The first step towards becoming a registered midwife is to complete and submit the CMRE Registration Form, available from provincial and territorial midwifery regulatory authorities and from Canadian baccalaureate Midwifery Education Programs.
- Complete the CMRE Registration Form for the province or territory to which you will be applying for registration.
- Submit the registration form along with a recent passport size photo and fee to the midwifery regulatory authority in the province to which you are applying. Forms AND payment must be received by the exam registration deadline. (Check with your provincial/territorial regulatory authority for acceptable payment methods.)
- Additional information, including the exam location, will be sent to you after your registration has been processed.
- The goal of the CMRE is to ensure that you are competent in all aspects of midwifery as outlined in the Canadian Competencies for Midwives. You are encouraged to review this document.
- The CMRE Blueprint describes the structure of the exam, including how many questions cover each general topic area. Review this closely to understand what is being covered and the standards used.
- If you are not familiar with multiple-choice questions, you should look for opportunities to practise taking exams in that format.
Each question is designed to test a specific entry-level competency from the Canadian Competencies for Midwives. Questions are developed by teams of experienced Canadian midwives and each question references least two valid, current resources.
Multiple Choice Questions
The questions on this exam are in a multiple choice format. All questions have a stem and four possible answers.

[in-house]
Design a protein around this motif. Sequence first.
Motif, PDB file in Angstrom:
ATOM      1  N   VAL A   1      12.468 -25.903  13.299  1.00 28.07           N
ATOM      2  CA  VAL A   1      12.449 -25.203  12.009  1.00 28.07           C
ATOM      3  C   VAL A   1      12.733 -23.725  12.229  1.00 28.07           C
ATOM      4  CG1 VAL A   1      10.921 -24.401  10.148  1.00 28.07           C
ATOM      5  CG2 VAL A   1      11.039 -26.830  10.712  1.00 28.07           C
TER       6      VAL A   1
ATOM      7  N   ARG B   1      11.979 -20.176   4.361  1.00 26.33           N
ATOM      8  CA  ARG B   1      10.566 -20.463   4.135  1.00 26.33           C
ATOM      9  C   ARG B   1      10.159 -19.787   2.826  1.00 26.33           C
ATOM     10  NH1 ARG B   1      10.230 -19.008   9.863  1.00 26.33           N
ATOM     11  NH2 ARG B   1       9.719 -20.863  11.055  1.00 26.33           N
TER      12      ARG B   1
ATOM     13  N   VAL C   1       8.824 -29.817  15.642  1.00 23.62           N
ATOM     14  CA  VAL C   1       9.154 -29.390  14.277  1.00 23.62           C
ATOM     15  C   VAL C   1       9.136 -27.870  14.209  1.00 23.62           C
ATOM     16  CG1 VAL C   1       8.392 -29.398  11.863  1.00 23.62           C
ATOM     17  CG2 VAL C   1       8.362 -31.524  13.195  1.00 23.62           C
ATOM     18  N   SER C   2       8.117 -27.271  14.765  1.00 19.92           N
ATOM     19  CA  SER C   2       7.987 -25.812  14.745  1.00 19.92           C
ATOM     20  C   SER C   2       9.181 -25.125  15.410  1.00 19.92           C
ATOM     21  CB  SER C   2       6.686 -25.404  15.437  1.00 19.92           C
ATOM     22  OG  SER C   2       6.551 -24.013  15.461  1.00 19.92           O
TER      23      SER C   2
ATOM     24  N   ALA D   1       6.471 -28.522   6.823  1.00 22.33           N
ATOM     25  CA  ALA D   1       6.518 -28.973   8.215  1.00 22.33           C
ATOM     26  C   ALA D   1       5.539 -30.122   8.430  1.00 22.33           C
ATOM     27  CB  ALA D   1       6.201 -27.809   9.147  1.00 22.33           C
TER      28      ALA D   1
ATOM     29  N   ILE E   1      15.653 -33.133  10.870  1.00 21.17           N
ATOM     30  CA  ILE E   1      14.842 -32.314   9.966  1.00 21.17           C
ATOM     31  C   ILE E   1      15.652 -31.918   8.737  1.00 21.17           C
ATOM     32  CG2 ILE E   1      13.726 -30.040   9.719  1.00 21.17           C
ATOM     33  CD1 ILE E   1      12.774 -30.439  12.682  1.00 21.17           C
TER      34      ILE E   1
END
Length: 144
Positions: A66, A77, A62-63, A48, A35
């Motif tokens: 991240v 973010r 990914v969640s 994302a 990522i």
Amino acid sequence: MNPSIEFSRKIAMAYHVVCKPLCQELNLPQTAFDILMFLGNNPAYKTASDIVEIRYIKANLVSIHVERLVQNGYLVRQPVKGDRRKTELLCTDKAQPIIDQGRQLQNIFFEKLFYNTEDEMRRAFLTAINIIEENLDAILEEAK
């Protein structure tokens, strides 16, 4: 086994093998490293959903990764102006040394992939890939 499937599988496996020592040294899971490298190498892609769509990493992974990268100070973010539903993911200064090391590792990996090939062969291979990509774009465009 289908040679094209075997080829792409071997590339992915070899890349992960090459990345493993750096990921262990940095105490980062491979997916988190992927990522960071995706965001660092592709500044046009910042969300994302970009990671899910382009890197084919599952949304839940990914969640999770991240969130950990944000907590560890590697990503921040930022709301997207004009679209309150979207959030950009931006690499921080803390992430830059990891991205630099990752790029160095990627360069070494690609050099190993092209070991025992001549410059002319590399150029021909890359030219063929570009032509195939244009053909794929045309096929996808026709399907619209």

Candidates should select the ONE best answer to the question presented. You will receive one point for each correct multiple choice question. (Note: If a candidate selects more than one option, no points will be awarded for that question.)
Each question should be answered in an average of 1.4 minutes (case-based questions may take longer to read than independent questions). If you are unsure of an answer, leave it and go back to it later to ensure that you have time to cover all the questions you do know.
You should use your best judgment and try to answer every question as you are not penalized for wrong answers (they receive 0 points).
Answers are recorded on a multiple choice answer sheet. You must completely fill in the circle with the correct answer. Be sure to record your answer on the correct line.
Approximately 60%-65% of the questions are case-based. This means that a case, or midwifery scenario, is presented in a sentence or paragraph followed by between two to five questions. All of these questions relate to the information provided in the case, and candidates must read the case to fully understand each question. A sample case is below (and this case would be followed by specific questions):
- Kiko, 32 yrs, is visiting the midwife for her first prenatal appointment in this pregnancy. She has had two previous pregnancies. The first, at 16 yrs, was a vaginal delivery at term. Four years ago, she had a baby by cesarean section for breech presentation at 36 weeks.
The exam is a total of 7 hours in length and is divided into two 3.5 hour parts. Once you begin Part 2, you cannot go back to Part 1.
Some Common Errors on Midwifery Written Exams in Canada
- Missing key words in the question, such as "most" or "not", and therefore misunderstanding what is being asked.
- Inadequate knowledge of the scope of practice of a Canadian midwife, especially when to consult or transfer care.
- Inadequate understanding of the principle and practice of informed-choice and inability to use appropriate language when counseling a client.
- Incorrect knowledge of drug dosages.
- Insufficient knowledge of common complications of the newborn.
Suggested Study Resources for the Exam
In preparing for the CMRE, candidates should ensure that the midwifery textbooks and other resources they are using are comprehensive and less than five years old. The textbooks should contain information that covers the full spectrum of knowledge required of the entry-level midwife as set out in the Canadian Competencies for Midwives. The CMRE Reference List may also be helpful. Please note that we cannot suggest a single “best” text for review.